Disco Elysium

Developed by: ZA/UM

Published by: ZA/UM

Available on: PC

The first thing to know when you come across Cuno is that he’s a twelve year-old kid; the second thing is that he’s rolling his eyes out on drugs. So, when you ask why he’s slinging rocks at a bloated corpse swinging from a tree and he gets ornery, give a thought to the buzz he’s nursing. Even if you decide to sock him in the face, keep your cool. He’s good to have on your side, plus, he’s hilarious. If you ask him why he refers to himself in the third person, he’ll roar, “Cuno’s the [expletive] FIRST PERSON.”

Cuno is one of the many curiosities in “Disco Elysium,” a scintillating RPG that I’d recommend to anyone who can click a mouse or has a taste for the surreal. I didn’t expect to find another game this year as conspicuously well written as “Sunless Skies,” or as adept in its use of noir as “Neo Cab,” but here it is. “Disco Elysium” pulls off some surprising moves, like making the story of an amnesiac protagonist interesting by emphasizing his biological makeup. This is an RPG where you play an alcoholic cop whose body talks to you — in fact, you are introduced to him via a conversation with his reptilian brain and limbic system.

From a blackout state the anonymous man’s mind swims gradually back to consciousness. When he awakens, it’s to a trashed hotel room with bottles on the floor and an unflattering necktie spinning from an overhead fan. Grab the tie off the fan and throw it on and it will start speaking to you — like a devil in your ear — goading you to misbehave. Soon after leaving the hotel room, you meet Kim Kitsuragi. Detective Kitsuragi has just arrived to help you investigate the death of a man hanging from a tree near the hotel. For reasons that won’t become clear until many hours later, the body has been allowed to remain where it is for so long that it’s in an advanced state of decomposition when you find it.

As you try to get to the bottom of the circumstances that led to the victim’s untimely demise you’ll come to learn, just as the protagonist does, about the city of Revachol, with its fractious politics and oddball citizens. By mingling with Revachol’s residents and carpetbaggers, you’ll have plenty of opportunity to get into colorful conversations about the relative merits — or lack thereof — of capitalism, socialism, or communism. Indeed, there are achievements such as The World’s Most Laughable Centrist and Biggest Builder of Communism, which are respectfully awarded for “defend[ing] the political centre for 7 times” and “emply[ing] critical theory 9 times.” (Naturally, I nabbed the latter; no doubt, Theodor Adorno is twirling in his grave.)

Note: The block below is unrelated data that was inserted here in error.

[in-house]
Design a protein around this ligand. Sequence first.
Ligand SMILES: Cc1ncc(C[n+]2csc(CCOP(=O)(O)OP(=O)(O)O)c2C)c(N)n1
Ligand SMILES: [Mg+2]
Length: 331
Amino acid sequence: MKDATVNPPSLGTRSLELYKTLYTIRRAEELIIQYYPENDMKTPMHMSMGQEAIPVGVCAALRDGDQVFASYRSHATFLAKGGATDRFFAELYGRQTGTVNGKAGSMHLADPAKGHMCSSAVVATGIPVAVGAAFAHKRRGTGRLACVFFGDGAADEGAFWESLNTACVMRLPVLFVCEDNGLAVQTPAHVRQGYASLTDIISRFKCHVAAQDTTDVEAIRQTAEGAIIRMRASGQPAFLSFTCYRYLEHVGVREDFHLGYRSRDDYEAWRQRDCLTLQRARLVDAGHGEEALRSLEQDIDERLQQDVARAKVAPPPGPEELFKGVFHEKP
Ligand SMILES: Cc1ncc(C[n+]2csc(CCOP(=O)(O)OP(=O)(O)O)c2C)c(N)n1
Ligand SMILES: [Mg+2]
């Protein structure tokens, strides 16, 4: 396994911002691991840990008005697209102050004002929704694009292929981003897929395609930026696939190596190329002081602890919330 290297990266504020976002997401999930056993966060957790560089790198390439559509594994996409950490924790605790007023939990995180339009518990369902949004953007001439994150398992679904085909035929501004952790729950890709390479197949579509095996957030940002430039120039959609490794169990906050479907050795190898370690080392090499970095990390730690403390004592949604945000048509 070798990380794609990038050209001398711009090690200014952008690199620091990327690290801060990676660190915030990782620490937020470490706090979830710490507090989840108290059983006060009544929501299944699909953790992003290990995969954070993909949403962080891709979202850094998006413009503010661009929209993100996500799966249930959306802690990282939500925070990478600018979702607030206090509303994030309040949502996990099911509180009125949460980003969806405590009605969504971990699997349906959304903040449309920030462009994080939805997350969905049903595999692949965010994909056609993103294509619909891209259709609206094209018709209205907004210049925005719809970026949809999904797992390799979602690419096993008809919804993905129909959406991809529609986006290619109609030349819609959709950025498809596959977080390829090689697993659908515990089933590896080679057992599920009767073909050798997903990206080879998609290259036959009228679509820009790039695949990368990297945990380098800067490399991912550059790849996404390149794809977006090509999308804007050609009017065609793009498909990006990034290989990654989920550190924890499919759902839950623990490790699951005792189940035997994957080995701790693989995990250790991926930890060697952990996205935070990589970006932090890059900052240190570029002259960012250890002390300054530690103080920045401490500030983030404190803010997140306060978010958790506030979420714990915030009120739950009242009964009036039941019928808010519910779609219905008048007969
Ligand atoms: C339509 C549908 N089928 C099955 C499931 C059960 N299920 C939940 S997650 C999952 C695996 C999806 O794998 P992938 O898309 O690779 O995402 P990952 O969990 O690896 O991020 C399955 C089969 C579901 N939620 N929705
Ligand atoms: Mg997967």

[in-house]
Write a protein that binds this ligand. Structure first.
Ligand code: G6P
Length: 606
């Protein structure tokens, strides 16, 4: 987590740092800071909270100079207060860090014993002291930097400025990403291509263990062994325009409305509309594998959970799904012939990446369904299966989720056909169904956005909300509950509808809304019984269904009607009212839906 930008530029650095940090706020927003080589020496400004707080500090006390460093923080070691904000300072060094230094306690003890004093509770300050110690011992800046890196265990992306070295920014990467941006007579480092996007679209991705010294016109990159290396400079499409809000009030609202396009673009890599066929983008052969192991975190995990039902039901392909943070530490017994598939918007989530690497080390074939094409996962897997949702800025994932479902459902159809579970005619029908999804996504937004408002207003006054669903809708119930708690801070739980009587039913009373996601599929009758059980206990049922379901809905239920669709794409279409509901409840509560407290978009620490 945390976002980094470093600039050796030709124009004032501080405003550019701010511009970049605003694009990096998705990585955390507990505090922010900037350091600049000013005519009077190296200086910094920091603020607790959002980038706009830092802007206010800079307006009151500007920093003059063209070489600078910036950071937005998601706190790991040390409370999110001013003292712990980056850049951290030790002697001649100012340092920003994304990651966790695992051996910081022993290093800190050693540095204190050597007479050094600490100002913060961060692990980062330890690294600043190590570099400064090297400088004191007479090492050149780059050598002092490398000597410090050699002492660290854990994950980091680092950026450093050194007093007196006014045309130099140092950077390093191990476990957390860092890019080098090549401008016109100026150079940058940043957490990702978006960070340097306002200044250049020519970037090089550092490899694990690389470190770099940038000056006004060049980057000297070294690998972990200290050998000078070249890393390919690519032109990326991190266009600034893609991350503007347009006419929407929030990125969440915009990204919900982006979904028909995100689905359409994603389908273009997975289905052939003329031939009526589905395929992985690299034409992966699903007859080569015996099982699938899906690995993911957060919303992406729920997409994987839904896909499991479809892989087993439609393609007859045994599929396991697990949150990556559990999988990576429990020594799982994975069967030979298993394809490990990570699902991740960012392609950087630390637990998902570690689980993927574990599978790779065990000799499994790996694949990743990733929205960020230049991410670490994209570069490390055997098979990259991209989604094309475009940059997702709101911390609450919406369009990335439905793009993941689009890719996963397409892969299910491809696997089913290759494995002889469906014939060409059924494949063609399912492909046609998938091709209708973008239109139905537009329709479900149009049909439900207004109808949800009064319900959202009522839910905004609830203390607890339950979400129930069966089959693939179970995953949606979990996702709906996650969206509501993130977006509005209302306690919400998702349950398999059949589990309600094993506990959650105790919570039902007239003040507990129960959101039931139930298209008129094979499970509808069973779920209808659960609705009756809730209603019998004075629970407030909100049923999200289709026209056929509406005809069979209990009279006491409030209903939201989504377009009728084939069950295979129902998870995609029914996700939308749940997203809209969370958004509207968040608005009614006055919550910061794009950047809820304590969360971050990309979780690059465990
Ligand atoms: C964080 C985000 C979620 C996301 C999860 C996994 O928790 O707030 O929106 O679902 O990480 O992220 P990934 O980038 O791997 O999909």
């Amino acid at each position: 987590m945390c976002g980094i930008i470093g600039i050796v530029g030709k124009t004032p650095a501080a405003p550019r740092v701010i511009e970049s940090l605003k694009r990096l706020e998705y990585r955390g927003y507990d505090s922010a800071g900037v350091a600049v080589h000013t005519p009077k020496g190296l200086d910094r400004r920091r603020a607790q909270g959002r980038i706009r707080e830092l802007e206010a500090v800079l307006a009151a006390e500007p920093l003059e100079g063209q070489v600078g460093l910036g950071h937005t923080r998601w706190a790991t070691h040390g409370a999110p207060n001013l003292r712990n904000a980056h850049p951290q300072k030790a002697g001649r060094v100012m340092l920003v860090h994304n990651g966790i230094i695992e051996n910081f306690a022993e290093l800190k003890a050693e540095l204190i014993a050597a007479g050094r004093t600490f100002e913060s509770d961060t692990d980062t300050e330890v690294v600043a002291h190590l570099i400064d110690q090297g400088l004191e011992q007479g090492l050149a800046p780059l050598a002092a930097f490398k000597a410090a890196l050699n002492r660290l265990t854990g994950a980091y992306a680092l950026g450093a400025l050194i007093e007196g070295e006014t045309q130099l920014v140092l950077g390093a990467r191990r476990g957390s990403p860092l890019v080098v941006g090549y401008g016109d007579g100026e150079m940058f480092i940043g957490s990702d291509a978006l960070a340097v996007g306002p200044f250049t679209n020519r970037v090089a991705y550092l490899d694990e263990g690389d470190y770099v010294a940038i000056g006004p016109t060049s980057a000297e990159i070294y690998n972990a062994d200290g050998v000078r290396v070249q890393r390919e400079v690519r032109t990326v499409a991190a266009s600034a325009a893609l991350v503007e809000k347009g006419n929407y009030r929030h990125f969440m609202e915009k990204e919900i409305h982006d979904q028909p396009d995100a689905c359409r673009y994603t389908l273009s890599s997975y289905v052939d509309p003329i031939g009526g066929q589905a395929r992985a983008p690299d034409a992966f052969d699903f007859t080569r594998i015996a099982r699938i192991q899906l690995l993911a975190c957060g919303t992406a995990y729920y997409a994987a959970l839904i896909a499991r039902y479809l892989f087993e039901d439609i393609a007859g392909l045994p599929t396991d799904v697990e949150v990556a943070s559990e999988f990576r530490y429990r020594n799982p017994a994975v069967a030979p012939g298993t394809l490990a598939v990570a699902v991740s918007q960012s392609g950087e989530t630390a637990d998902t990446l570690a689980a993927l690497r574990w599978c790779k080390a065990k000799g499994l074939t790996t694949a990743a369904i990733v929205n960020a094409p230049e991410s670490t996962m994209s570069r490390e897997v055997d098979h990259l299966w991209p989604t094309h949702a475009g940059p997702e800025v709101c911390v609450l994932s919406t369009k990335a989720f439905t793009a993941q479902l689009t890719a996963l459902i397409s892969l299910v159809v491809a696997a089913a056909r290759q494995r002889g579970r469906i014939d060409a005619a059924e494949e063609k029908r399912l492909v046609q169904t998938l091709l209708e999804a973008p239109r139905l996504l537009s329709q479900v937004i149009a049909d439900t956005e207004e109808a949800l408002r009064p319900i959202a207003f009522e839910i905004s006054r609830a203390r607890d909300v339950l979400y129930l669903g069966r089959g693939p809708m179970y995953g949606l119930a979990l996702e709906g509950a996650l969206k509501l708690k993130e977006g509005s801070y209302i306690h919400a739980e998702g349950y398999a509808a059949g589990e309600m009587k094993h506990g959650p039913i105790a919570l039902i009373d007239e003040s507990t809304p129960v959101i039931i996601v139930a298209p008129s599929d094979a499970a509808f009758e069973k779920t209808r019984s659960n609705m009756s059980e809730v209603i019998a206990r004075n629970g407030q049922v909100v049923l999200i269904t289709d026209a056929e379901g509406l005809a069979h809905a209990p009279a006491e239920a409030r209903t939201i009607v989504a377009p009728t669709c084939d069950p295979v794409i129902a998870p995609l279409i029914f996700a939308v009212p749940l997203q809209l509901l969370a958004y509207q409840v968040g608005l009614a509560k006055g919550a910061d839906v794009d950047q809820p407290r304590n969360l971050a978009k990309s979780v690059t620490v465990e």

In “Disco Elysium” there are two ways to level up its saggy, disheveled cop. Skill points can be poured into twenty-four different attributes spread over four categories: intellect, physique, psyche, and motorics. For example, throw a few points into “electrochemistry (physique)” and you’ll be able to gain additional bonuses from indulging in vices, whereas if you pipe some into “inland empire,” — a skill associated with the psyche — you’ll increase the quality of your gut feelings. Listening to your gut can often save you from unnecessary harm such as sparing you from triggering traps. Hits can come in many directions. Speculate about your past in a conversation and what you say may have a negative effect.

Another way to alter your stats is to place ideas in your thought cabinet. Items that go into your thought cabinet are things that you need to mull over, for various lengths of time, to arrive at an understanding of certain topics. Thus, at one point I found myself waiting for my guy to finish cogitating on Advanced Race Theory so I could revisit a racist with the craniometrically-suggestive name Measurehead and get him to do something for me. {Hey, I only needed to convince the muscle-bound idiot that I understood him, not subscribe to his theories!) Not every idea placed into the thought cabinet will yield uniformly positive results. Reflecting on your inability to recognize things that should be familiar — known as jamais vu or derealization, the opposite of deja vu — will result in a -1 loss to your Encyclopedia skill because “nothing is familiar.”

Over the length of this very long game you’ll travel back and forth across the streets of Revachol, repeatedly interviewing and following up with people. If you’re not averse to reading loads of text that is often funny and given to riffing on different ideologies, it can be an easy rhythm to get into. Don’t dawdle. Go ahead, run toward the wild side.

Christopher Byrd is a Brooklyn-based writer. His work has appeared in the New York Times Book Review, the New Yorker and elsewhere. Follow him on Twitter @Chris_Byrd.

Recent game reviews: